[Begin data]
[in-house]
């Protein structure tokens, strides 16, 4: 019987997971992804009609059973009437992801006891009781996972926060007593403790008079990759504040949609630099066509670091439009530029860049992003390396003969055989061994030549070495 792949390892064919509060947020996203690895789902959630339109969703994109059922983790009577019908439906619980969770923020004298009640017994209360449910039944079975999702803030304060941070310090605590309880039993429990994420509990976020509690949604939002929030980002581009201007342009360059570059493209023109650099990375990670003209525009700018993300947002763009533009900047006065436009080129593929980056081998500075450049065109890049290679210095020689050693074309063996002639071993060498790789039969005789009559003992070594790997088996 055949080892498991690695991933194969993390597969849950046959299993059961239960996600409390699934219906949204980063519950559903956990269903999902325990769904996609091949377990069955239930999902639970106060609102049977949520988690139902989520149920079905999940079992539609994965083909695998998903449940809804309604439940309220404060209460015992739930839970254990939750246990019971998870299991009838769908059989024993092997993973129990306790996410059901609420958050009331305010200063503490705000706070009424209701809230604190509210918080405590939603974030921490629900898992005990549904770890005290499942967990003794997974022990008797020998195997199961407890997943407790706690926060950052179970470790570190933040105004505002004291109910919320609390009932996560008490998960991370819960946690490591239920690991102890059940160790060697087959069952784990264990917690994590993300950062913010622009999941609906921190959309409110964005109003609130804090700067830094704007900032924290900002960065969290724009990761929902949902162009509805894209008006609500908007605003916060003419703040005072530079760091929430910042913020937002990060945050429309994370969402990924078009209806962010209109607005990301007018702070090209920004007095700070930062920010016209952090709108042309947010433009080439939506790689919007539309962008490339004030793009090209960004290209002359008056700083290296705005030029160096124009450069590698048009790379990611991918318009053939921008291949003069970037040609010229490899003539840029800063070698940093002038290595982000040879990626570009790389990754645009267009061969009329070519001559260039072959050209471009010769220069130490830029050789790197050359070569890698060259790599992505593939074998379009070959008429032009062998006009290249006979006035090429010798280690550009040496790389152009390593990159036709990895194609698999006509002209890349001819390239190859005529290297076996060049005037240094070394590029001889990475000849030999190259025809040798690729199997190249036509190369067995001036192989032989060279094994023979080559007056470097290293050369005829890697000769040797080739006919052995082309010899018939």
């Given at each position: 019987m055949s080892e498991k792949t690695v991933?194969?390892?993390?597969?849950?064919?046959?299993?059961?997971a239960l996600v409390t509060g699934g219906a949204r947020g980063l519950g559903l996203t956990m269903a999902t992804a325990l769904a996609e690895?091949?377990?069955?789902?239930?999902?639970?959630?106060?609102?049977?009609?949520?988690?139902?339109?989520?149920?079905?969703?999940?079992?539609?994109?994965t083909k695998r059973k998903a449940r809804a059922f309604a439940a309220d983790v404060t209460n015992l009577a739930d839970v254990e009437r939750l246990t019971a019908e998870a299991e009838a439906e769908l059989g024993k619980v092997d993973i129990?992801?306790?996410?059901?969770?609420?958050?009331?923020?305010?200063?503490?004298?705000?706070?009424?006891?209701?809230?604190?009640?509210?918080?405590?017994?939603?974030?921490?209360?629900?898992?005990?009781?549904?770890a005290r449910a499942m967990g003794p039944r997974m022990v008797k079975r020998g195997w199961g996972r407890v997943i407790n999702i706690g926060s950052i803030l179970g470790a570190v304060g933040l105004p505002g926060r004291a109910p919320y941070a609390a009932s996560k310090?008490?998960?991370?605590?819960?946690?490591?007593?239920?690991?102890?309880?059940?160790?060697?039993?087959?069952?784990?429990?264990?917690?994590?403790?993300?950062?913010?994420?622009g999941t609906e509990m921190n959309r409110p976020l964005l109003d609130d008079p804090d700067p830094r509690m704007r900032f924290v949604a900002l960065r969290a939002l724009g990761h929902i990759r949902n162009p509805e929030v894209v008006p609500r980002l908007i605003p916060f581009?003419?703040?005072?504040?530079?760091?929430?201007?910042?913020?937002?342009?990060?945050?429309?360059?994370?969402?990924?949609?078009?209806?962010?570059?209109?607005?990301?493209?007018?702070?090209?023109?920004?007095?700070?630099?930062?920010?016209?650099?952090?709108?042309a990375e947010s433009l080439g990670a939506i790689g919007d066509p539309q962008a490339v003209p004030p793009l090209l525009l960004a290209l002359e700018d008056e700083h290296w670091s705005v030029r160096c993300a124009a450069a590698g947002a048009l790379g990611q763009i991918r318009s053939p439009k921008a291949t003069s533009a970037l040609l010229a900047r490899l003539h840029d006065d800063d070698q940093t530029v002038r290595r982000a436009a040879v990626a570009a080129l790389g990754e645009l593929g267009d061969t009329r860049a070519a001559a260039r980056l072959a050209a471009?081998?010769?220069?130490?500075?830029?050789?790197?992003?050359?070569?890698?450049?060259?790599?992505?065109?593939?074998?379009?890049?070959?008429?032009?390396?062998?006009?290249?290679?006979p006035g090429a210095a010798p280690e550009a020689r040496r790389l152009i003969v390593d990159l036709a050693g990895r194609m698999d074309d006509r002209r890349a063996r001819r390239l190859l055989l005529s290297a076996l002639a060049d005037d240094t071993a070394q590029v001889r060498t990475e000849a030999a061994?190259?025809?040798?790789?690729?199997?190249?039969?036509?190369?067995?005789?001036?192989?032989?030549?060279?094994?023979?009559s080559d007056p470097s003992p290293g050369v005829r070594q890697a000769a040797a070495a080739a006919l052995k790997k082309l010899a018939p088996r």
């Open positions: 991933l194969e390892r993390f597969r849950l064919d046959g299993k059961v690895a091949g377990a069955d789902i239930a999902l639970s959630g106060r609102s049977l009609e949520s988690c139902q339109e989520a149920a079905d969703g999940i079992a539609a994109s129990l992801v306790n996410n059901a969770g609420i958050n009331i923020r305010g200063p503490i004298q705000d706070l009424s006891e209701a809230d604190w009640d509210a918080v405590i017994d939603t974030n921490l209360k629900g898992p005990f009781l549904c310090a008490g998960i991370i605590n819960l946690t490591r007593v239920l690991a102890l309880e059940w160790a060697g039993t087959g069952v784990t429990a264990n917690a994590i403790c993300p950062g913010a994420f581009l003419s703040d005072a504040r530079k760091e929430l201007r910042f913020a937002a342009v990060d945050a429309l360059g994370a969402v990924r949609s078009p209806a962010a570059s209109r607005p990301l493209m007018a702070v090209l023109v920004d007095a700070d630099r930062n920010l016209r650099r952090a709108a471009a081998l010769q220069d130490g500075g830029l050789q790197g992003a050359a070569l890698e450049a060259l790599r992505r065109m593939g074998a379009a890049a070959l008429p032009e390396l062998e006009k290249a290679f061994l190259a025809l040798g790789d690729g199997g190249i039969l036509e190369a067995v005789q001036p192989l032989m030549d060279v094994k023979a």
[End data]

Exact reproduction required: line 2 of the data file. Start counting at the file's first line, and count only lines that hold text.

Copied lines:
């Protein structure tokens, strides 16, 4: 019987997971992804009609059973009437992801006891009781996972926060007593403790008079990759504040949609630099066509670091439009530029860049992003390396003969055989061994030549070495 792949390892064919509060947020996203690895789902959630339109969703994109059922983790009577019908439906619980969770923020004298009640017994209360449910039944079975999702803030304060941070310090605590309880039993429990994420509990976020509690949604939002929030980002581009201007342009360059570059493209023109650099990375990670003209525009700018993300947002763009533009900047006065436009080129593929980056081998500075450049065109890049290679210095020689050693074309063996002639071993060498790789039969005789009559003992070594790997088996 055949080892498991690695991933194969993390597969849950046959299993059961239960996600409390699934219906949204980063519950559903956990269903999902325990769904996609091949377990069955239930999902639970106060609102049977949520988690139902989520149920079905999940079992539609994965083909695998998903449940809804309604439940309220404060209460015992739930839970254990939750246990019971998870299991009838769908059989024993092997993973129990306790996410059901609420958050009331305010200063503490705000706070009424209701809230604190509210918080405590939603974030921490629900898992005990549904770890005290499942967990003794997974022990008797020998195997199961407890997943407790706690926060950052179970470790570190933040105004505002004291109910919320609390009932996560008490998960991370819960946690490591239920690991102890059940160790060697087959069952784990264990917690994590993300950062913010622009999941609906921190959309409110964005109003609130804090700067830094704007900032924290900002960065969290724009990761929902949902162009509805894209008006609500908007605003916060003419703040005072530079760091929430910042913020937002990060945050429309994370969402990924078009209806962010209109607005990301007018702070090209920004007095700070930062920010016209952090709108042309947010433009080439939506790689919007539309962008490339004030793009090209960004290209002359008056700083290296705005030029160096124009450069590698048009790379990611991918318009053939921008291949003069970037040609010229490899003539840029800063070698940093002038290595982000040879990626570009790389990754645009267009061969009329070519001559260039072959050209471009010769220069130490830029050789790197050359070569890698060259790599992505593939074998379009070959008429032009062998006009290249006979006035090429010798280690550009040496790389152009390593990159036709990895194609698999006509002209890349001819390239190859005529290297076996060049005037240094070394590029001889990475000849030999190259025809040798690729199997190249036509190369067995001036192989032989060279094994023979080559007056470097290293050369005829890697000769040797080739006919052995082309010899018939």